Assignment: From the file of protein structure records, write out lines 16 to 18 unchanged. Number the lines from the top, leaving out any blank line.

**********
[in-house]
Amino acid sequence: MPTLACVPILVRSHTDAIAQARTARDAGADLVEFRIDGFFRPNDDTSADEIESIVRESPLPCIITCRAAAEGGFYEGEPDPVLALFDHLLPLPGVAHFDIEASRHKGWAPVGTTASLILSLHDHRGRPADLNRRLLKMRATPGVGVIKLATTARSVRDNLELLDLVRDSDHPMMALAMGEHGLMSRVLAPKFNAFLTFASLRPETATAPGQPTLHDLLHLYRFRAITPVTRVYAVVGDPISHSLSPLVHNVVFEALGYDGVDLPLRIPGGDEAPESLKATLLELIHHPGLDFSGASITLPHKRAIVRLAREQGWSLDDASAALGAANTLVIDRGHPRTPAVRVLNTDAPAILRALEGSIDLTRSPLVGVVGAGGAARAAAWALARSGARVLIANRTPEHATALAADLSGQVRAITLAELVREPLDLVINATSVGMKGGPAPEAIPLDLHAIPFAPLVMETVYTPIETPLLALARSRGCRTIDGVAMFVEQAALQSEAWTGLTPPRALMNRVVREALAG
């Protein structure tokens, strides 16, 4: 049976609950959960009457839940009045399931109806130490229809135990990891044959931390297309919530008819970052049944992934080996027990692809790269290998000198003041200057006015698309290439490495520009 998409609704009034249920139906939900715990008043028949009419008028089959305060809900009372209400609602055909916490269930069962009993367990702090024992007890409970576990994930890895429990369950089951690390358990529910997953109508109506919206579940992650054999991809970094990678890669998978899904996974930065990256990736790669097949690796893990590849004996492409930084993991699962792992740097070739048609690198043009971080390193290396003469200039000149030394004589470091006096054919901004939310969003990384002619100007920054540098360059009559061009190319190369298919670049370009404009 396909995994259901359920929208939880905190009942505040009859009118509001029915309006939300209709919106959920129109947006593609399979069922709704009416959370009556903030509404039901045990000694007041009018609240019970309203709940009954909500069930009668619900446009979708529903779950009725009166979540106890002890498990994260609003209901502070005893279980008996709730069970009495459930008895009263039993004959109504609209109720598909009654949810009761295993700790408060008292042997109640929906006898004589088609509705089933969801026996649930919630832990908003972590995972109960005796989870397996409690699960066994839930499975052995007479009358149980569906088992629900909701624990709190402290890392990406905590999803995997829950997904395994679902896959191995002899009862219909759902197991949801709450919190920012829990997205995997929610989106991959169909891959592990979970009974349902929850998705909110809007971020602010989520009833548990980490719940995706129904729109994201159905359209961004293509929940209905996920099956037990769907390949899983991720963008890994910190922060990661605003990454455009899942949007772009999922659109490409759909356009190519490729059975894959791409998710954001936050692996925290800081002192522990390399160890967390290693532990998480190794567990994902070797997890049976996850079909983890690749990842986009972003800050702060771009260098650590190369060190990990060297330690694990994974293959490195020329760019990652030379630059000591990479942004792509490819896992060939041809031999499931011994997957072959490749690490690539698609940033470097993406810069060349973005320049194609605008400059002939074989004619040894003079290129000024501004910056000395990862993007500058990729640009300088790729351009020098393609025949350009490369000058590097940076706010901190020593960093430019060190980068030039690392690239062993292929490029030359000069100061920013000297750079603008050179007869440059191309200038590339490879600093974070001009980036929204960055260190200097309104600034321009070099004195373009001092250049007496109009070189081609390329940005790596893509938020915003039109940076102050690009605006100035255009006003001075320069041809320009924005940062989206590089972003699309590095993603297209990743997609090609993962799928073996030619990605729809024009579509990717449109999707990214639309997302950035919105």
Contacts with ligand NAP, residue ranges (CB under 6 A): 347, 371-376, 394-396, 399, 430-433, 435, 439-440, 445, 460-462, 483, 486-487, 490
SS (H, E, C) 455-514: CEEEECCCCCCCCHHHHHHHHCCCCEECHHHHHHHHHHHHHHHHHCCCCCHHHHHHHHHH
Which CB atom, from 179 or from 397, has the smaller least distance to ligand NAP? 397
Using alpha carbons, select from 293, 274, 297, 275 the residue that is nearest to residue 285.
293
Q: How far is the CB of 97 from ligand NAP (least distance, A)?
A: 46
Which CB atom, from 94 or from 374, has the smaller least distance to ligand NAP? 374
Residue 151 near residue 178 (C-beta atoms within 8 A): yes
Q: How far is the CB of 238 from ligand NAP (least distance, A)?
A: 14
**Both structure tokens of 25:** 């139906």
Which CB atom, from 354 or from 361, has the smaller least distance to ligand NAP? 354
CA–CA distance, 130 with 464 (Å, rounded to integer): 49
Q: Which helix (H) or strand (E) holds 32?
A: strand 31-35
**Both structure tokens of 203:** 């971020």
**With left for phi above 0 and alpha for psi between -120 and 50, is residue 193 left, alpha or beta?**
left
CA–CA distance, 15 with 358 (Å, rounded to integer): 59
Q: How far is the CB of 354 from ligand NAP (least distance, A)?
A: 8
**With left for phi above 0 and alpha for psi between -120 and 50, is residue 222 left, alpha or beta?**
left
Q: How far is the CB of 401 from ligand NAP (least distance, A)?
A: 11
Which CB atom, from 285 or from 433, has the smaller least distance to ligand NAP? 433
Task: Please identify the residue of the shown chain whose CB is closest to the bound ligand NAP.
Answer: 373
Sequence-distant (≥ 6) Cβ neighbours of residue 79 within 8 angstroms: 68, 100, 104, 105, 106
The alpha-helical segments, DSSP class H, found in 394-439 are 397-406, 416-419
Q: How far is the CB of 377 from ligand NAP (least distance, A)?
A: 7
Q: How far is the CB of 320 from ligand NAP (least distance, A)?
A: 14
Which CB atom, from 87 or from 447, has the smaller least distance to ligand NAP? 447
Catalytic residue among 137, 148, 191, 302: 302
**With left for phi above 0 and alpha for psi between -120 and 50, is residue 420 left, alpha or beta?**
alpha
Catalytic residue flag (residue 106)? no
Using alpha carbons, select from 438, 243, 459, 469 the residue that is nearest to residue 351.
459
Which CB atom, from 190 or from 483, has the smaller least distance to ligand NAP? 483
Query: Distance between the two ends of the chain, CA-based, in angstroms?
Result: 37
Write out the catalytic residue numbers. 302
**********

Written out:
Which CB atom, from 354 or from 361, has the smaller least distance to ligand NAP? 354
CA–CA distance, 130 with 464 (Å, rounded to integer): 49
Q: Which helix (H) or strand (E) holds 32?